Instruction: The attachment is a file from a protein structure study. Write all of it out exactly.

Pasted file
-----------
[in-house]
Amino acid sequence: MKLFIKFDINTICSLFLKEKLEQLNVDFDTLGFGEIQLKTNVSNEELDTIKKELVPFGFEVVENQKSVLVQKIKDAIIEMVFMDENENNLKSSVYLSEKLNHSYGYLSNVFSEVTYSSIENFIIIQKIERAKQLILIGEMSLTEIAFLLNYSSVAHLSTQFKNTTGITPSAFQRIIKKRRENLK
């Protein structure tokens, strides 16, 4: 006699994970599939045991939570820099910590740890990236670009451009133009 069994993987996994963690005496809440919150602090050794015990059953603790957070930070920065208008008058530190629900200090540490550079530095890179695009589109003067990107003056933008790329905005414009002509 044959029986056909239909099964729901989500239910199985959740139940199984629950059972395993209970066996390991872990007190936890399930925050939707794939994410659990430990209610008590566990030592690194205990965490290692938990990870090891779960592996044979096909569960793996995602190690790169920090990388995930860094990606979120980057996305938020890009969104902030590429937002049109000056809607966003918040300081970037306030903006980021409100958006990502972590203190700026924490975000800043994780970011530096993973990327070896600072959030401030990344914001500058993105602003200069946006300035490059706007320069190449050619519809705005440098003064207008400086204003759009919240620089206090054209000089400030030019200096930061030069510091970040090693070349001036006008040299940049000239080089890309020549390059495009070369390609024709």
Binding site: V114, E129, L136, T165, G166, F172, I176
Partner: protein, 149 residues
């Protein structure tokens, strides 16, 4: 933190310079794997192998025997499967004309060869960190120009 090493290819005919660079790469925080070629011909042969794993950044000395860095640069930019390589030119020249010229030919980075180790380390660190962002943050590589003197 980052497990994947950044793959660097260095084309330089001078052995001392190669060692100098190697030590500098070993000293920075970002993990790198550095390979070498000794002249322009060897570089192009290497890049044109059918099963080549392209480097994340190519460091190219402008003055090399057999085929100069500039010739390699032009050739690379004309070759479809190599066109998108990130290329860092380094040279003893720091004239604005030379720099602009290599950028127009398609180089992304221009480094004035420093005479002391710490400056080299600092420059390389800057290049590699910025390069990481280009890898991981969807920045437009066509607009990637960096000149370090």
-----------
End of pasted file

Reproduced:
[in-house]
Amino acid sequence: MKLFIKFDINTICSLFLKEKLEQLNVDFDTLGFGEIQLKTNVSNEELDTIKKELVPFGFEVVENQKSVLVQKIKDAIIEMVFMDENENNLKSSVYLSEKLNHSYGYLSNVFSEVTYSSIENFIIIQKIERAKQLILIGEMSLTEIAFLLNYSSVAHLSTQFKNTTGITPSAFQRIIKKRRENLK
């Protein structure tokens, strides 16, 4: 006699994970599939045991939570820099910590740890990236670009451009133009 069994993987996994963690005496809440919150602090050794015990059953603790957070930070920065208008008058530190629900200090540490550079530095890179695009589109003067990107003056933008790329905005414009002509 044959029986056909239909099964729901989500239910199985959740139940199984629950059972395993209970066996390991872990007190936890399930925050939707794939994410659990430990209610008590566990030592690194205990965490290692938990990870090891779960592996044979096909569960793996995602190690790169920090990388995930860094990606979120980057996305938020890009969104902030590429937002049109000056809607966003918040300081970037306030903006980021409100958006990502972590203190700026924490975000800043994780970011530096993973990327070896600072959030401030990344914001500058993105602003200069946006300035490059706007320069190449050619519809705005440098003064207008400086204003759009919240620089206090054209000089400030030019200096930061030069510091970040090693070349001036006008040299940049000239080089890309020549390059495009070369390609024709």
Binding site: V114, E129, L136, T165, G166, F172, I176
Partner: protein, 149 residues
């Protein structure tokens, strides 16, 4: 933190310079794997192998025997499967004309060869960190120009 090493290819005919660079790469925080070629011909042969794993950044000395860095640069930019390589030119020249010229030919980075180790380390660190962002943050590589003197 980052497990994947950044793959660097260095084309330089001078052995001392190669060692100098190697030590500098070993000293920075970002993990790198550095390979070498000794002249322009060897570089192009290497890049044109059918099963080549392209480097994340190519460091190219402008003055090399057999085929100069500039010739390699032009050739690379004309070759479809190599066109998108990130290329860092380094040279003893720091004239604005030379720099602009290599950028127009398609180089992304221009480094004035420093005479002391710490400056080299600092420059390389800057290049590699910025390069990481280009890898991981969807920045437009066509607009990637960096000149370090």